Neck pain and whiplash can make it hard to perform everyday tasks, even walking.
Whiplash can also cause you to worry as symptoms don't show right after the incident. The pain is delayed but can progress quickly.
The level of discomfort and pain vary, but most people recover within weeks—especially with the right treatment and management.
Whiplash is a neck injury that occurs when the head is suddenly thrust forward and then backward. The term is derived from the movement of a whip.
Whiplash affects the soft tissues in the body, which includes muscles, tendons, ligaments, and nerves. These tissues support and connect body organs.
Since the force is abrupt, your body is unable to prepare for it. Whiplash often occurs in auto accidents when the force of impact causes the head to jerk forward, sometimes hitting a steering wheel.
The soft tissues in your neck are torn and stretched beyond their natural limits, leading to inflammation and pain.
Most whiplash cases aren't serious, but they can be potentially dangerous. You must see your physician or physiotherapist in Halifax as soon as possible.
As previously mentioned, whiplash is usually associated with rear-end car accidents, but there are other causes which can affect anyone:
Signs and symptoms of whiplash can develop days after the incident.
At first, your pumping adrenaline will mask any pain or discomfort. But the injury could be present without you realizing. Once the adrenaline wears off, you may start to feel numbness and soreness in your neck and upper body.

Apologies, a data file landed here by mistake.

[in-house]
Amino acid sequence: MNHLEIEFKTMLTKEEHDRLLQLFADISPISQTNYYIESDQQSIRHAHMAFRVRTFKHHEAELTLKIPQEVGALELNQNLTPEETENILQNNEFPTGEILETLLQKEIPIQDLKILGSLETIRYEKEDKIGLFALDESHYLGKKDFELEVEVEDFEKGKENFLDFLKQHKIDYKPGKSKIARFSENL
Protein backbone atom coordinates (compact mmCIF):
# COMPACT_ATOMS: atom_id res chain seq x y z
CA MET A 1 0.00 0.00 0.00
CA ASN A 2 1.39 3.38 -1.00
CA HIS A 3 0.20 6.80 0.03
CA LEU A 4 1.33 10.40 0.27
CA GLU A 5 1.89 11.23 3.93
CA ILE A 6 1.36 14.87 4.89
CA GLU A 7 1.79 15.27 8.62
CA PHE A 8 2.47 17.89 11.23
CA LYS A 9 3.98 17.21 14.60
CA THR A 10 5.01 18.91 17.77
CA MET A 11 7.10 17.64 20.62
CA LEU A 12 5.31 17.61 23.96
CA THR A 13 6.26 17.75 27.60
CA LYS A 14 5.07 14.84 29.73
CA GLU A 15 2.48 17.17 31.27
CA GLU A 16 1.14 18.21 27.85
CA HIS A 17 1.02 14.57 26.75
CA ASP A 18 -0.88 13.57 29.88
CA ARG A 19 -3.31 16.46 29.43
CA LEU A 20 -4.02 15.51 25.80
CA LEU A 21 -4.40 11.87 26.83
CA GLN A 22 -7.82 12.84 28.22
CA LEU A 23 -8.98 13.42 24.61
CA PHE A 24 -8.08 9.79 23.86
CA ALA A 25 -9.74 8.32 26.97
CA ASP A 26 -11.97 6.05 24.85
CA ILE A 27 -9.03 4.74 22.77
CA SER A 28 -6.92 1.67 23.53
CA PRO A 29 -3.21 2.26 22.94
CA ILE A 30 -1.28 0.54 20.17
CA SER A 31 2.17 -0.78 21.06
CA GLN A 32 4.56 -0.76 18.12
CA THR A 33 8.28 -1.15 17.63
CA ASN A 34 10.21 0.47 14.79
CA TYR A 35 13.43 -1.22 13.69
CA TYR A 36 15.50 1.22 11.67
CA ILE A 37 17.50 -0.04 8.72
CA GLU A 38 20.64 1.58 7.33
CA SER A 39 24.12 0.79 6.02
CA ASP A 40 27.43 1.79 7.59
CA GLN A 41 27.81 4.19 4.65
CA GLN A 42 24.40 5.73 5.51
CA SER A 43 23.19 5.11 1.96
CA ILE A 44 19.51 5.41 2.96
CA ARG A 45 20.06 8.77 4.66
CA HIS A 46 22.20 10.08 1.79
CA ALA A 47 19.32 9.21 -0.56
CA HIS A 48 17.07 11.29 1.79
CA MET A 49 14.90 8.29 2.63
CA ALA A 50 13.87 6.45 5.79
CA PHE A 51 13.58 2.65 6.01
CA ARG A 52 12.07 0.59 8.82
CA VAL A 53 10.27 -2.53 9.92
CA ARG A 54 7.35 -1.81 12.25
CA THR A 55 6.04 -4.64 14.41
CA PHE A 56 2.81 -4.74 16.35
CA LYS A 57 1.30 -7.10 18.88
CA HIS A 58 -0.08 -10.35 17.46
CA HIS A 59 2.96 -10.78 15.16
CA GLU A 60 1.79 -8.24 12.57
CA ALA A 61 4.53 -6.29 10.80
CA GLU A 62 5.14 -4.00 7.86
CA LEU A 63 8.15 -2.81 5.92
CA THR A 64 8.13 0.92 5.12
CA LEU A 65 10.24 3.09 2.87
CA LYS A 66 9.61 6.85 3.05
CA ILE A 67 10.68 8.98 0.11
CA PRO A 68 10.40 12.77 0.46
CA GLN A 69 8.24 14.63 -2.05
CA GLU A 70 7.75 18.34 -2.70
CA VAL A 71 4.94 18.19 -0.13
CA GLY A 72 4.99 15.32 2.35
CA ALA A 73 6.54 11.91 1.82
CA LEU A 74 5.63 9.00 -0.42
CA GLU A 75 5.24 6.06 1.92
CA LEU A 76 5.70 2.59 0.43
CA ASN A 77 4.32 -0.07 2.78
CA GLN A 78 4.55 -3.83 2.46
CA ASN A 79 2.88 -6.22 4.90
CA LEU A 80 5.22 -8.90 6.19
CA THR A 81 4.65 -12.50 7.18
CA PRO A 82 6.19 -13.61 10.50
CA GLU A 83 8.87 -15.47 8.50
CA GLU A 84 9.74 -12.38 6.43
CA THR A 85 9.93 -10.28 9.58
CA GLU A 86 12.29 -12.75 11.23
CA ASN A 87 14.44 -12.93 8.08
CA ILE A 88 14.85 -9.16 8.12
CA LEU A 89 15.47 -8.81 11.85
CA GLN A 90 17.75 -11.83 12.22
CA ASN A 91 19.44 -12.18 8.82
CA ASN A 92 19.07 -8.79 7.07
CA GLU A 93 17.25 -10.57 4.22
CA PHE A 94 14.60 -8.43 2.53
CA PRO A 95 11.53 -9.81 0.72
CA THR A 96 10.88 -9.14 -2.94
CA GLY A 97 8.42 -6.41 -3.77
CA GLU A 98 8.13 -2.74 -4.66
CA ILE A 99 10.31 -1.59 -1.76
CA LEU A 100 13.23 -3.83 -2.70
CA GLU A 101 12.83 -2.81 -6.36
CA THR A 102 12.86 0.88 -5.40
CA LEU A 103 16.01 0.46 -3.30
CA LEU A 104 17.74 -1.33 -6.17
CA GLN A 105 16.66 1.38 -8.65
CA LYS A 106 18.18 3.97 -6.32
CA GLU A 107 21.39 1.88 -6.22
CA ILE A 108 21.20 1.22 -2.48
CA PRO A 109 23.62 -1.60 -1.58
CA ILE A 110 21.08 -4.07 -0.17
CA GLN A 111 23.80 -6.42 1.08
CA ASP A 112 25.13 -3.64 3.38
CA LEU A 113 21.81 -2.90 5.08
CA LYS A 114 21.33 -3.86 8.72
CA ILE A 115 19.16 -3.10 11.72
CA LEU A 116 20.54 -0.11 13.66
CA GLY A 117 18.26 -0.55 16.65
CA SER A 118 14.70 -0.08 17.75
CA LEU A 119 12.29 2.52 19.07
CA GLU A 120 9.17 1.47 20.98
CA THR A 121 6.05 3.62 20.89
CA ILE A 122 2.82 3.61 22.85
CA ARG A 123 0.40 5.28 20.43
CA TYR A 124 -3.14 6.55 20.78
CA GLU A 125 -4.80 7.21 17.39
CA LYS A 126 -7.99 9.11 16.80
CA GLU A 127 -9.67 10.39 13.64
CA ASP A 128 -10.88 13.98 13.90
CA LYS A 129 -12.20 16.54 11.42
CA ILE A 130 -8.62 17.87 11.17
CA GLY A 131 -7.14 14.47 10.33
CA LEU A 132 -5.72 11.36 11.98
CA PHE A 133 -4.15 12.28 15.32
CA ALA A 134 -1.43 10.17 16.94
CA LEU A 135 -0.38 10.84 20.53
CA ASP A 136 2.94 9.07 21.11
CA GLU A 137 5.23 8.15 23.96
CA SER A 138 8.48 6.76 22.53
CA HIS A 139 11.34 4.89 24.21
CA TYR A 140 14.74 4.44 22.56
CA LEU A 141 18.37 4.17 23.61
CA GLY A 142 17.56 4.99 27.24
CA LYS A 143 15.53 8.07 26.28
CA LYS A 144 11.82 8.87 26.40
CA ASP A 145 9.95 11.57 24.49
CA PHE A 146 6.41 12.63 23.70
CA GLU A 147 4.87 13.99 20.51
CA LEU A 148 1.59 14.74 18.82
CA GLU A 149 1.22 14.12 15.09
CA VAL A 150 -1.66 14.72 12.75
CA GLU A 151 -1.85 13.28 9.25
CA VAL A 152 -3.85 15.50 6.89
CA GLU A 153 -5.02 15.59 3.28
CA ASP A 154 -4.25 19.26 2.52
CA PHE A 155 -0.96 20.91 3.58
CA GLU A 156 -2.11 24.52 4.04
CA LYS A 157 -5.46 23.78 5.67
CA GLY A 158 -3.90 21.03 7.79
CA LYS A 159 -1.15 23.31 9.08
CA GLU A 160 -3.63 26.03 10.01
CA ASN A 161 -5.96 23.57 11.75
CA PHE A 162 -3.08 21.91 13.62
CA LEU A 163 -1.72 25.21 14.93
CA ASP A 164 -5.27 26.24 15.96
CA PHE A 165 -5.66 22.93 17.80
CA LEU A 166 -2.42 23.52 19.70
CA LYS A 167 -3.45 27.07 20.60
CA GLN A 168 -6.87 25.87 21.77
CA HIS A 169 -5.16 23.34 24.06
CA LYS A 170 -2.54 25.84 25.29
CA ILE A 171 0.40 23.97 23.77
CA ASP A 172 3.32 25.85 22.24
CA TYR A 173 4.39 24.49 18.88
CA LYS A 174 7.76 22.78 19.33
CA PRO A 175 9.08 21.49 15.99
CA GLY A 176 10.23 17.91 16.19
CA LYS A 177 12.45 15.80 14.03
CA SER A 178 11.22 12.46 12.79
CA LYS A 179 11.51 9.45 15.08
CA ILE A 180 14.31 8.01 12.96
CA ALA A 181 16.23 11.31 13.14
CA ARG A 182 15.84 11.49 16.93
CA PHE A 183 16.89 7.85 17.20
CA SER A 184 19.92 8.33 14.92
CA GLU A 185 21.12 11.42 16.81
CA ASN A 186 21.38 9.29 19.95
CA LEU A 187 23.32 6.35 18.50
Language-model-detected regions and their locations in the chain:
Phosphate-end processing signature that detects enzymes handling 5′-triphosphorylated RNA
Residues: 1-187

Other symptoms of whiplash include:
Should you experience nausea or problems with your vision, as well as the loss of movement or possible fracture, seek medical attention immediately.
Early diagnosis and treatment can prevent worsening issues.
The management, treatment plan, and recovery period for every whiplash injury differs.
Physiotherapy is one treatment option for whiplash. A physiotherapist can work with you to examine the affected area and recommend a personalized treatment plan.
Treatments can be passive, active, or a combination of both.
Passive treatments are performed by physiotherapists and don’t require active participation. Active treatments, on the other hand, are therapeutic exercises that help strengthen the body and increase mobility.
Here are some of the common passive treatments for whiplash.
See a physiotherapist or your physician as soon as possible to manage the pain and discomfort properly.
Keep moving within your pain threshold but avoid strenuous activities to allow the area to rest. Taking painkillers and warm showers or baths can provide some relief while you wait for your doctor or physiotherapist appointment.
Aside from passive treatments, your physiotherapist may recommend exercises to improve your strength and joint function. Since every whiplash case is unique, your exercise routine is individualized.
Gentle exercises can help sore neck muscles to relax and heal. These exercises should be done with a physiotherapist to ensure proper execution and not straining the affected area.
Proper posture during exercise and everyday activities is also crucial to avoid long-term pain and stiffness.
Don’t ignore your whiplash symptoms. Consult with a physiotherapist at One to One Wellness in Halifax to avoid long-term issues and complications. Get back to doing what you love with a personalized physiotherapy program.
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